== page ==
A bit of history: The Dodge Durango debuted as a 1998 model, a rough and ready truck-based mid-size SUV with body-on-frame construction and every one with four-wheel drive. Dodge backed off on the tough guy attitude—you could get rear-wheel drive, for example, in 1999—softening the Durango to broaden its market. The second generation Durango arrived for the 2004 model year. It was still truck-based, but upsized for more room inside if still a tweener in size, bigger than competitor’s mid-size models but more compact than the true full-sized SUV.
That generation of Durango ended in December, 2008, after the production lines had only begun cranking out 2009 models—including some very rare Durango hybrids (plus a few Durango-based Chrysler Aspen SUV’s, with an even rarer Aspen hybrid). The official reason was a decline in popularity of big SUVs.
Yet only two years later, Dodge introduced the 2011 Dodge Durango at the 2010 Los Angeles Auto Show. The cynic will now note that the third generation Durango had been well along in development when Chrysler shuttered the Delaware plant where the earlier Durangos had been built. The new Durango would be built in Detroit. Sorry, First Staters, nevermind.
So anyway, enough history. The 2011 Dodge Durango was genuinely all new, with only engine and drivetrain pieces carried over. While it approximated its predecessor’s dimensions, the new Durango sacrificed some of its truck-like elements for a more civilized personality, including among other things, replacing the body-on-frame construction with unit-body.
Now flash forward to 2013 and the 2014 Dodge Durango. Three years into the third and current generation means it’s time for a refresh and well, here we are. Dodge says they were going for a “more sinister” look—hey, their words—and we’ll say the raised from bumper and the squintier headlight clusters with standard projector beam lamps goes a long way towards getting there. The grille is shorter but still carries the signature crosshair grille, though it’s given a different look for each of its trim levels, SXT, Rallye, Limited and Citadel, and for the sportier sport/utility, the R/T.
Trim-level treatments include monochromatic and black-out grilles, but our top-of-the-line luxury Dodge Durango Citadel had full-sparkle chrome-on-chrome mesh. If the grille didn’t have all those holes, you could see your reflection well enough to shave. All but the base trim get LED accent lights across the bottom of the headlights.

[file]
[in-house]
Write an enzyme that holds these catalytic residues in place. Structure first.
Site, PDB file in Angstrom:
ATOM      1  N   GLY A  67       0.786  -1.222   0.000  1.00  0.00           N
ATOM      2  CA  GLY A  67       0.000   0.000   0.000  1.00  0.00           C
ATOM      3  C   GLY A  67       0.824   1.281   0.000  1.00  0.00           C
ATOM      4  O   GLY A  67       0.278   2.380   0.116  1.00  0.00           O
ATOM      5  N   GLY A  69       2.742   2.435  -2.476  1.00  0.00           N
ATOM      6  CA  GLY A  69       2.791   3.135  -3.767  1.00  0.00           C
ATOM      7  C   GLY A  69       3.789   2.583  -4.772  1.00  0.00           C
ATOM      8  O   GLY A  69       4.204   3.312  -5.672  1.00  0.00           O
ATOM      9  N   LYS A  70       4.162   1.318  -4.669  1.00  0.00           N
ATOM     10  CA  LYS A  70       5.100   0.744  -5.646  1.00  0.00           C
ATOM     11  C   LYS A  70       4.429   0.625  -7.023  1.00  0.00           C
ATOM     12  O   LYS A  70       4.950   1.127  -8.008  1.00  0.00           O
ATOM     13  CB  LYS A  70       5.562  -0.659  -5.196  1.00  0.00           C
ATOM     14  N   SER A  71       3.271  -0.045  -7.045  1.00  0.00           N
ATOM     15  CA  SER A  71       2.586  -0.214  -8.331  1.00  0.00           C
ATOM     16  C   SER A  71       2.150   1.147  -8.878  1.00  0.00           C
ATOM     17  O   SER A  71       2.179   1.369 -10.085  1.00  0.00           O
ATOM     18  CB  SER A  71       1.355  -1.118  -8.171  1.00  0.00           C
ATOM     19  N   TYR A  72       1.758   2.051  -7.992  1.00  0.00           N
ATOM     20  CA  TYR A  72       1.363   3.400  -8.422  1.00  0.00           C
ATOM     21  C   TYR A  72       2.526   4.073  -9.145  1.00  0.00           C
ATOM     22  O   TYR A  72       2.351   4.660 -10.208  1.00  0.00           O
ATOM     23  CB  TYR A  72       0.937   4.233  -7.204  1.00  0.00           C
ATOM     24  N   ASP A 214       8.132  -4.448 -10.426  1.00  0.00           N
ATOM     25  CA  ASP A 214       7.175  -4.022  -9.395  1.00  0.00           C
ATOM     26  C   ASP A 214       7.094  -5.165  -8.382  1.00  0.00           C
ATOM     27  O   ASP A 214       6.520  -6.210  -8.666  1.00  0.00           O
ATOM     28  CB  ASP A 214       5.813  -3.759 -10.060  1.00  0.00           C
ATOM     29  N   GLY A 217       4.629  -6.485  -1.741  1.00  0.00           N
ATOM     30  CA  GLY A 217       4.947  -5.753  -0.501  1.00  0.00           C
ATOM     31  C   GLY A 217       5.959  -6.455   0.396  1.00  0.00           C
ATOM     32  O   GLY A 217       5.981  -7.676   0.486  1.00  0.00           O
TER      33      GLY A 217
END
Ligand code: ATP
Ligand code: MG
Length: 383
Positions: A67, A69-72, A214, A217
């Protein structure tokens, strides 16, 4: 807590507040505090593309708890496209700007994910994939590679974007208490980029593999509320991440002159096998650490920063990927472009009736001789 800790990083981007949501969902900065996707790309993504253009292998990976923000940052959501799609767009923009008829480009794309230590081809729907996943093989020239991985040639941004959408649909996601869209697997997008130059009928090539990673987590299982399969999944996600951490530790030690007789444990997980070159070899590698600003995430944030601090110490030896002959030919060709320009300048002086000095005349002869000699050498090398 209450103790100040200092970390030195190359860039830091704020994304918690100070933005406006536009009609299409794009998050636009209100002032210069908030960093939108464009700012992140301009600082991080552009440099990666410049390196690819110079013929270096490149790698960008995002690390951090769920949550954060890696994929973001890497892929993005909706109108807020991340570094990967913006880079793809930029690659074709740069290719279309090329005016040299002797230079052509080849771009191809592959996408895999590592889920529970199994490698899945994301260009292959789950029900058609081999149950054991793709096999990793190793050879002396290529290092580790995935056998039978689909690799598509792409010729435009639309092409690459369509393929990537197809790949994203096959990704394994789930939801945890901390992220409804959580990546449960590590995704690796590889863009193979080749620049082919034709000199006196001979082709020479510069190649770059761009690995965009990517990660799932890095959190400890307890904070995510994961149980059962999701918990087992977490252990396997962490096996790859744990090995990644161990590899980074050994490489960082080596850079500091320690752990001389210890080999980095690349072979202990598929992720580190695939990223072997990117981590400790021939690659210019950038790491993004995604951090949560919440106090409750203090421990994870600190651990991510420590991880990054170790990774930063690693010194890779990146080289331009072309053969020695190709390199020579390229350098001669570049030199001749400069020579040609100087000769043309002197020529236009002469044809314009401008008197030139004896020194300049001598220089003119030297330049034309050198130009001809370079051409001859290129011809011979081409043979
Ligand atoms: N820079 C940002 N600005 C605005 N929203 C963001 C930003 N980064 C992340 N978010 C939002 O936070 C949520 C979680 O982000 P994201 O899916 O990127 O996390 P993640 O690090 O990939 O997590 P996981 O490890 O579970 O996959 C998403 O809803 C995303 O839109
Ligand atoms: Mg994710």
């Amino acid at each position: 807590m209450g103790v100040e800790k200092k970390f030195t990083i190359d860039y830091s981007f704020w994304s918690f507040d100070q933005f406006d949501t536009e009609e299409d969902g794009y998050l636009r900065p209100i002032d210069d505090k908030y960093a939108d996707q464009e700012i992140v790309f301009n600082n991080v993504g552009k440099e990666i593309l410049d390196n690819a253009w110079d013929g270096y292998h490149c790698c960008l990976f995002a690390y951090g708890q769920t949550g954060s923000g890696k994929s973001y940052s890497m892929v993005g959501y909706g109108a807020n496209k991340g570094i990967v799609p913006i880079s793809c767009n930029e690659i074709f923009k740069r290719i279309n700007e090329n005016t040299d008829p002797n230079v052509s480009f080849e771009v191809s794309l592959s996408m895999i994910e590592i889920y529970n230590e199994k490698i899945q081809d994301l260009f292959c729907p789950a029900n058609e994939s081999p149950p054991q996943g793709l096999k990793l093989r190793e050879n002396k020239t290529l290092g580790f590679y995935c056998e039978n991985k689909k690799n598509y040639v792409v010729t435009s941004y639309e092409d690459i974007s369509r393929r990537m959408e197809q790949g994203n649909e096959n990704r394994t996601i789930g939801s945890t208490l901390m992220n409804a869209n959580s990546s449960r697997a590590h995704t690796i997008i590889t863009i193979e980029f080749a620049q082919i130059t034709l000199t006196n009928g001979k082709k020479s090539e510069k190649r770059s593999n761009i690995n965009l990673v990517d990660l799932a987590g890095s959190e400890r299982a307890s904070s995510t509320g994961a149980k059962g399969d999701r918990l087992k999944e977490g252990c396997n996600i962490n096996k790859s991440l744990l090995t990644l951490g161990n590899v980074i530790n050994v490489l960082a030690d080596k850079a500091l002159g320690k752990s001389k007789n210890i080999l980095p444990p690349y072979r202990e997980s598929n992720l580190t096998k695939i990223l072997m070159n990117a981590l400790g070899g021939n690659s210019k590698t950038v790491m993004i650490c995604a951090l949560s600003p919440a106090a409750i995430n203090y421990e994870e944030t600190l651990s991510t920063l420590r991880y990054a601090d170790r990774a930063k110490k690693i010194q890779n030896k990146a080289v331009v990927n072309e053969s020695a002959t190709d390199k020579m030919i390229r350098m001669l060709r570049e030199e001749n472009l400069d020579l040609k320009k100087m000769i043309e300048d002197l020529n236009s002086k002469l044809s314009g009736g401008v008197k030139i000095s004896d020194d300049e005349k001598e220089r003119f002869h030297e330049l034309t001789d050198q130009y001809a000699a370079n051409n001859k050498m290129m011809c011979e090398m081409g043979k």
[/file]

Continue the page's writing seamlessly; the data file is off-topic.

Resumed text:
The sides, of course, remain unchanged during a facelift, but with all trim levels, the rear gains the Dodge trademark “racetrack” tail lamp design, similar to that on the more expensive of the Dodge Charger and Dodge Dart. The Durango uses 192 LEDs blended into what Dodge calls “one seamless looking ribbon of light.” It’s bright enough to be visible in daylight, and we had two Charger drivers slow as they passed us to get another look. Dodge has a distinctive styling element. Expect to see more of it.
The 2014 Dodge Durango is nevertheless still a traditional SUV with two-box styling and all the benefits thereof. One of the good things about that is a roomy interior for the shadow it casts. As a large midsize/small full-size, its standard third-row seat nestles two between the wheel wells, and in standard trim, a three seatbelt middle bench seat.
Our test Durango Citadel was equipped with an optional pair of captain’s chairs for the second row, making it a six-seater. Dodge claims 50 different seating configurations, though that includes choosing between the second row seating that you only do when you’re choosing the vehicle.
One novel feature was a dual-mode cargo cover; the reel can be set behind the third row, covering cargo area behind the third row seatbacks, or moved forward to where the cover hides the cargo area behind the second row seats.
Expanding the cargo area from a relatively small 17 cubic feet—like most three-row SUVs, the cargo area is mostly vertical and less useful than a box shape—yields a flat floor by folding the third row seatback down, bringing cargo capacity to 47 cubic feet. Lowering the captain’s chairs’ seatbacks bumps the available volume to 84.5 cubic feet, but it’s by no means a flat floor, and there’s a big gap between the left and right captain chairs. That’s still a lot of room even if it doesn’t have the cargo handling friendliness of the Dodge Grand Caravan.